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Children criticized too much communicate more difficult

Children criticized too much communicate more difficult

Young children who are verbally abused by adults may later suffer from problems with the brain's ability to process language, the conclusion of a study by a team of researchers in the United States, informs newscientist.com.

Young children who are verbally abused by adults may later suffer from problems with the brain's ability to process language, the conclusion of a study by a team of researchers in the United States, informs newscientist.com.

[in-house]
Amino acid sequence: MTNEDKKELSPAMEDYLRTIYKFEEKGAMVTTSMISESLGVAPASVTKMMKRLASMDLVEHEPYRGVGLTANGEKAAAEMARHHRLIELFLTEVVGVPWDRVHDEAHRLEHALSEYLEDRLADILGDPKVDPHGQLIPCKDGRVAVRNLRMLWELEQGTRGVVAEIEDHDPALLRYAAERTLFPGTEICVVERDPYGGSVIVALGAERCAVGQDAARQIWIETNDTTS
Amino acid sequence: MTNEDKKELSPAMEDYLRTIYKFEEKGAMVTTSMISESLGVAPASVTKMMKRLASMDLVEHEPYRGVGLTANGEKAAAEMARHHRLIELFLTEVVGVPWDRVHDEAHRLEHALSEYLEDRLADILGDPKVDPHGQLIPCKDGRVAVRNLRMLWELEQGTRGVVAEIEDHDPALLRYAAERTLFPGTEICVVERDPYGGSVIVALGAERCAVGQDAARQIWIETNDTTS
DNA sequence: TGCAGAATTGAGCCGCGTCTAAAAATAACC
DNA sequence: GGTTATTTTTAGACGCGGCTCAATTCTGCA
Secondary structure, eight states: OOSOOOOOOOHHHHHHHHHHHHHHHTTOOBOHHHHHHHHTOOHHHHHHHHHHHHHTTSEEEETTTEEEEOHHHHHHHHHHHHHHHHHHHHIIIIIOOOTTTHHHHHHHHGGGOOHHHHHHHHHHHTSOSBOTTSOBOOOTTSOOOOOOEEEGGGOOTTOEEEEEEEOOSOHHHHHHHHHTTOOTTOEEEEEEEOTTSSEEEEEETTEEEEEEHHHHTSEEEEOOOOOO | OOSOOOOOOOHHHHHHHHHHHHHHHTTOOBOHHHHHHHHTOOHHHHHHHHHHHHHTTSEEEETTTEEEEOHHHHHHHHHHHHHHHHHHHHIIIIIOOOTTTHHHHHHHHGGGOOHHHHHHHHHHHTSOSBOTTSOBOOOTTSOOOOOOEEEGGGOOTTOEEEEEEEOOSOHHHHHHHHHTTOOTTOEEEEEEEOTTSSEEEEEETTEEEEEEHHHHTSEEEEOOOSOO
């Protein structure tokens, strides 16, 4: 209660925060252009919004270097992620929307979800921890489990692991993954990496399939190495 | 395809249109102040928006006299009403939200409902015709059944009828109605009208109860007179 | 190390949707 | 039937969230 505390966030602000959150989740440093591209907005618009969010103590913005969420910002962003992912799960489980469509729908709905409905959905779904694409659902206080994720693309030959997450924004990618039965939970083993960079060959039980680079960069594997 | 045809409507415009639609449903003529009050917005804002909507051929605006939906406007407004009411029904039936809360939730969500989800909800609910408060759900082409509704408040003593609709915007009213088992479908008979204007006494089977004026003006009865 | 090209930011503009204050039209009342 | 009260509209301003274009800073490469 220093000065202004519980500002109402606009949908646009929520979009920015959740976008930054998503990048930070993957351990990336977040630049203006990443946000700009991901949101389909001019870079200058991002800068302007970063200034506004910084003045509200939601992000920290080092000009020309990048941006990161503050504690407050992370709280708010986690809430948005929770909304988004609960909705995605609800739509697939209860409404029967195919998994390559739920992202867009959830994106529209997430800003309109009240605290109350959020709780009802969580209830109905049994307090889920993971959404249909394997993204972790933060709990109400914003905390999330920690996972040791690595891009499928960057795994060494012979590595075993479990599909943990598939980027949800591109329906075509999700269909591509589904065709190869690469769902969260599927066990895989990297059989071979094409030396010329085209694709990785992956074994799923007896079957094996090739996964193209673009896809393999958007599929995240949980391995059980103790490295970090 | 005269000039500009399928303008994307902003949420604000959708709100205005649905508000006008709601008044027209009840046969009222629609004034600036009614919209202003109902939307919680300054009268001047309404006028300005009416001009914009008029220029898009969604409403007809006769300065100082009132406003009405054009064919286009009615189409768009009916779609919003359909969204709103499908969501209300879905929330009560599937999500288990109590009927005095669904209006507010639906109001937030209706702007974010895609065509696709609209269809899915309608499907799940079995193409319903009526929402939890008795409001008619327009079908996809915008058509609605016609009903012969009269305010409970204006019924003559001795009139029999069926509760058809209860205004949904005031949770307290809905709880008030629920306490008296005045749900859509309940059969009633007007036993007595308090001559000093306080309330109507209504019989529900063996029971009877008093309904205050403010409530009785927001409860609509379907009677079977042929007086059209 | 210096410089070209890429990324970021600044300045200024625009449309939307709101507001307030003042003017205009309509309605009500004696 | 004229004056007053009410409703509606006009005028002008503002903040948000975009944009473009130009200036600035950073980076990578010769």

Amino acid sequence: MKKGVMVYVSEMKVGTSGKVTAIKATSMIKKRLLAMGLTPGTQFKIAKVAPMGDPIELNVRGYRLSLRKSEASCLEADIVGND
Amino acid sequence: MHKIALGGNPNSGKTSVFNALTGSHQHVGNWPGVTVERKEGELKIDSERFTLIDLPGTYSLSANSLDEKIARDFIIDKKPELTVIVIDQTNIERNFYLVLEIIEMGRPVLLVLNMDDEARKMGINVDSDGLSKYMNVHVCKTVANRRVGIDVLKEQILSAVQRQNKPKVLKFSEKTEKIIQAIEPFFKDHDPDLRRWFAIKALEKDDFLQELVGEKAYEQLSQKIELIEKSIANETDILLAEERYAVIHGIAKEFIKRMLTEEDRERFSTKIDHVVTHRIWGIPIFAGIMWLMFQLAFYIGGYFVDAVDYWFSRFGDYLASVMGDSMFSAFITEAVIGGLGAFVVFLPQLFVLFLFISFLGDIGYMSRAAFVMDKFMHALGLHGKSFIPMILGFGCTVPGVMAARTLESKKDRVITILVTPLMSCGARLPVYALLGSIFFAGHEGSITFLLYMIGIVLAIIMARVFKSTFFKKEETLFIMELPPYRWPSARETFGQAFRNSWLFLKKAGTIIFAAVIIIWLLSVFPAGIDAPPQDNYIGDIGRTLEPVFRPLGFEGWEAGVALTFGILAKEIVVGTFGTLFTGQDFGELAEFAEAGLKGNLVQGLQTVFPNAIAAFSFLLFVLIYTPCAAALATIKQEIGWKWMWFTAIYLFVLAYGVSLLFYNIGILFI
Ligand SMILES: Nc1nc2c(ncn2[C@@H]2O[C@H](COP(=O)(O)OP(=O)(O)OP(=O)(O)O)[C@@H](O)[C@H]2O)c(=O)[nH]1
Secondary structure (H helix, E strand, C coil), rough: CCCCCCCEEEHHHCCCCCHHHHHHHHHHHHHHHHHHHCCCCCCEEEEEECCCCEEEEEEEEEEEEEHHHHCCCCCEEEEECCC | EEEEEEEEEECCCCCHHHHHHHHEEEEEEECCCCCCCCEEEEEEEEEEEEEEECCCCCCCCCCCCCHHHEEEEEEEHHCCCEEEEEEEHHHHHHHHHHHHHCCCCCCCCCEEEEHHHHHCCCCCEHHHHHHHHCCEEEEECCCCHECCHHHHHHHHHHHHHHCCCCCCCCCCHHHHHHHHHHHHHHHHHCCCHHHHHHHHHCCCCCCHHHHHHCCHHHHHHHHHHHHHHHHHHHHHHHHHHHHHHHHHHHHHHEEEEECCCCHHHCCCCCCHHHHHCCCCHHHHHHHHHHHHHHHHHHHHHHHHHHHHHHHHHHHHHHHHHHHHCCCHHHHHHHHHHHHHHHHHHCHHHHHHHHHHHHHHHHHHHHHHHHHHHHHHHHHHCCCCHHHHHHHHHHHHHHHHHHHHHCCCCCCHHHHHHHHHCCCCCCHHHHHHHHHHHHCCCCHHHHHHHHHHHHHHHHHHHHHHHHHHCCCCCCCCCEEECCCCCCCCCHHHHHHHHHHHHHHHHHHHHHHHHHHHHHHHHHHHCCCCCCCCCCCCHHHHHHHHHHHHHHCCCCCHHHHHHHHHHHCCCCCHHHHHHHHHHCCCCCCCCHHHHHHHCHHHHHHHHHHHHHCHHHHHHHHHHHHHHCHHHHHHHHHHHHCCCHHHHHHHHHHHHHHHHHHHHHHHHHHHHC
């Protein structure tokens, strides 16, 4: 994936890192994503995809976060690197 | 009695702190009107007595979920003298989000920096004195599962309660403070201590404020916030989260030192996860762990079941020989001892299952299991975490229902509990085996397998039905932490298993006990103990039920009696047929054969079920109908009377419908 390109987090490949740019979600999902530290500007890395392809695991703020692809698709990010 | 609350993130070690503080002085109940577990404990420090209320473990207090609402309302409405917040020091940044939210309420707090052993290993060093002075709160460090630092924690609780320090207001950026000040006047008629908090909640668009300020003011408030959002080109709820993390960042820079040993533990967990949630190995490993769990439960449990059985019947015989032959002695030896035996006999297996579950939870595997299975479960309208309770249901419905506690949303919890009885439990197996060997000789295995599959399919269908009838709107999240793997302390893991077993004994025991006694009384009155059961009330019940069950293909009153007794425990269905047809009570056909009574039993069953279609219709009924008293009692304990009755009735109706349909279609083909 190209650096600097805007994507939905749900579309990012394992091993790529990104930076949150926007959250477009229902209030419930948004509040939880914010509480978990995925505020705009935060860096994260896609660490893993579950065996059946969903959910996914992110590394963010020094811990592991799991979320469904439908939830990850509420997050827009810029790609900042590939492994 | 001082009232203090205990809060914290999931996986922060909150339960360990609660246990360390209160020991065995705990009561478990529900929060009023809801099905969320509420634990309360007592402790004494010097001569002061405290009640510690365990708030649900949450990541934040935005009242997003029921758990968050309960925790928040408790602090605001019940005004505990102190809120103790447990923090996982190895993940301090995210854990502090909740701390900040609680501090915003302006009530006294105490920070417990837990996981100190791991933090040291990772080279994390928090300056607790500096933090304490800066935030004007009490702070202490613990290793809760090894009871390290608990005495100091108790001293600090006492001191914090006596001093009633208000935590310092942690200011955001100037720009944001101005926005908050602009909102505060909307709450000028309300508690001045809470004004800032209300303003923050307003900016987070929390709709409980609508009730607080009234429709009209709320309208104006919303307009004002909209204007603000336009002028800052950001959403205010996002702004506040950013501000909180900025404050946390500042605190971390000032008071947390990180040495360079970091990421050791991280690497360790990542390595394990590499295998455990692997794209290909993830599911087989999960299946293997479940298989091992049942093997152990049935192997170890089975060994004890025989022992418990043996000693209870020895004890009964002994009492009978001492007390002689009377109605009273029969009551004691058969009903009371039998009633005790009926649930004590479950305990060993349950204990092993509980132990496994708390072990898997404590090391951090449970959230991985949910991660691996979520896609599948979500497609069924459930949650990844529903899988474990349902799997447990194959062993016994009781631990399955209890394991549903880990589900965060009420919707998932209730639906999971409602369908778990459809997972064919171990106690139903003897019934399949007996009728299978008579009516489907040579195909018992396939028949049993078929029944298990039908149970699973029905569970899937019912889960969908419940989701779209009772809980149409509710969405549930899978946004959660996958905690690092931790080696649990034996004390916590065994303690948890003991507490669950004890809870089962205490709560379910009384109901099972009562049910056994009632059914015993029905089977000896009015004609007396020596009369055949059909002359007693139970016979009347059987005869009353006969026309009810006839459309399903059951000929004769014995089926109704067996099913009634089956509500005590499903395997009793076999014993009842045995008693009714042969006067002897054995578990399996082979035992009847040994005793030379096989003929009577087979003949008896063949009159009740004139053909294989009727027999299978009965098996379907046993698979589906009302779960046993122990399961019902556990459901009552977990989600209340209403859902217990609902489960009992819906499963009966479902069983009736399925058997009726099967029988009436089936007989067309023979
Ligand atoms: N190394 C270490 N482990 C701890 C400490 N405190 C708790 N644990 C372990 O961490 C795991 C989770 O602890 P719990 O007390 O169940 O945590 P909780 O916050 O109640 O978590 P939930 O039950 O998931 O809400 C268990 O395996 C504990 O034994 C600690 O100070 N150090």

The study, conducted by a team of researchers at Harvard Medical School in Boston, Massachusetts, involved 17 volunteers who suffered serious verbal abuse in childhood, but no other form of maltreatment.
Along with them were selected 17 other volunteers from the same socio-economic categories and of the same age who had not suffered any form of abuse.
The tomography of their brains revealed that those who had been verbally abused in childhood had 10% less gray matter in the part of the brain associated with the language, the right temporal lobe, which contains a section responsible for hearing processing.

This area helps the brain to understand the tone of the voice.
The experts define by the term of "verbal abuse" the frequent denigrations and critical comments, which lead to the appearance of the feeling of inferiority and to the diminution of self-respect.
Source: The Event of the Day
October 23, 2006